Not single-camera sitcoms that have no laughter track. I tend to find those types of sitcom shows difficult to get used to as a viewer. 

Back to the topic, by 2006 the UPN and WB networks were under-performing and its ratings for its shows began to tank. With that in mind, both networks got together and formed the CW. The 2 original shows that came from that stable were Everybody Hates Chris and Girlfriends. And they were very good sitcoms. 

Like I said earlier, I didn't enjoy many of UPN's Black sitcoms compared to the Major networks, but compared to say BET, UPN's counterparts they were (and arguably still are) better than BET's. 'Love That Girl', Reed Between The Lines & Tyler Perry's shows just don't do it for me. And not forgetting, the UPN with the WB were filling a void which is now taken up by TV One, which airs reruns of African American sitcoms of the 1970s-90s. 

The UPN wasn't perfect by any means - Did the UPN's existence resulted in an elimination of African American sitcoms on mainstream TV? Yes. and yet did the UPN rescue the African American sitcom which at the time, was being phased out by the 4 major networks? Again yes. 

We keep turning to and lauding The Cosby Show and A Different World as the bench markers for excellence in Black sitcoms, because those shows made a real impact not just on US television but global television too. But at the same time, by dismissing Black sitcoms prior to the The Cosby Show and A Different World (The Jeffersons, Good Times, Sanford and Son, 227, That's My Mama, What's Happening!!) and after it (The Fresh Prince of Bel Air, Martin, Living Single, The Jamie Foxx Show, Family Matters, The Wayans Bros, Girlfriends) if you are going to support the Black sitcom and are a fan of these shows, you need to be supporting all those shows as well.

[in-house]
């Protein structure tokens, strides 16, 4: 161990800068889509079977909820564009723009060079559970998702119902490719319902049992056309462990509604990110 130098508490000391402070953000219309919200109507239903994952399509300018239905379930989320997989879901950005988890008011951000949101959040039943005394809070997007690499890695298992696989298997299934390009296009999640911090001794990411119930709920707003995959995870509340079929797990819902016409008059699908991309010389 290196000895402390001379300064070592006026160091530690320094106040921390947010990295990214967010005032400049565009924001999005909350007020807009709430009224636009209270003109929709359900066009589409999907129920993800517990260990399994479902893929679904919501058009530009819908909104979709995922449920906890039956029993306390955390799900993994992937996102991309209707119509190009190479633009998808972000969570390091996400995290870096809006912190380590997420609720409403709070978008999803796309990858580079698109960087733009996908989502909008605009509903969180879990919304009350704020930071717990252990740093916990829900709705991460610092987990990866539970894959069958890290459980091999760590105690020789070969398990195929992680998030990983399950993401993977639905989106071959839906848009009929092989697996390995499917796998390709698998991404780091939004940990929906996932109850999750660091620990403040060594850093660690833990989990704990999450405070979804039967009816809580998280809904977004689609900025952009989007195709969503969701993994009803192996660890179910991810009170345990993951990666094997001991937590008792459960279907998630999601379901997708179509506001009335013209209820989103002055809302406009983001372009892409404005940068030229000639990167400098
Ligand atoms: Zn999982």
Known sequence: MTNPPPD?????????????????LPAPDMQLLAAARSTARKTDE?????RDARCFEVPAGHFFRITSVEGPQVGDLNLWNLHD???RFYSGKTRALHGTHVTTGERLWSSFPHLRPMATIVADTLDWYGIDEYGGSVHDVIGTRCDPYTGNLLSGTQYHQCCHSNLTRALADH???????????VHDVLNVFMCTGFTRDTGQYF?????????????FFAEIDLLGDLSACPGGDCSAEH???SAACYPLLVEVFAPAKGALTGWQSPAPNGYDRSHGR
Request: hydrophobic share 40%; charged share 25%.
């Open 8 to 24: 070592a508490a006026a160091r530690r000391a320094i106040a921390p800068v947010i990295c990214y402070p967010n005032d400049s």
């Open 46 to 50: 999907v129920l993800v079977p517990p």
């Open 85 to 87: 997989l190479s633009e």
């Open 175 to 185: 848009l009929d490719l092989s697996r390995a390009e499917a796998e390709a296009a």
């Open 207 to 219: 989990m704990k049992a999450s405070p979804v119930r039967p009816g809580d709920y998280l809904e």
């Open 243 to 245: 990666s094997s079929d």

Not just The Cosby Show and A Different World. Because those shows resonated with many people. The Jeffersons may have been wild and outlandish with the frequent use of the 'N' word, Good Times may have portrayed Blacks as being poor, living in slums, for pushing social issues to the forefront such as drugs and child abuse. What's Happening!! was the first teen Black sitcom featuring a character named Raj/Roger trying to make ends meet, who has a younger sister and a single parent. But those sitcoms each offered a different take of Black America; way before Bill Cosby's arrivals in a Black upper-middle class family and a historically Black college. 

One may argue those depictions of Black people were negative and that A Different World and The Cosby Show offered an alternative take on African American Life and success. Some would say in the case of the latter show, it wasn't realistic. I tend to differ slightly, but I would add that ADW and The Cosby Show was more about showing that Blacks can be smart, intelligent and assimilate into so-called White American culture and become successful. 

The UPN sitcoms reflected the Black experience in more ways than one. However, on the flip-side, the network struggled a lot because many of those sitcoms, for the exception of Girlfriends, were not big hits (and by big i'm talking about millions of viewers) - ratings-wise, but critically speaking, they were panned as well. And thus, these weren't well-received by viewers. 

In hindsight, they were not of the same quality as The Cosby Show, A Different World, Fresh Prince of Bel Air and other NBC, Fox's offerings. But at least UPN filled the void left by the big four networks in that department. 

And for that, I give them credit.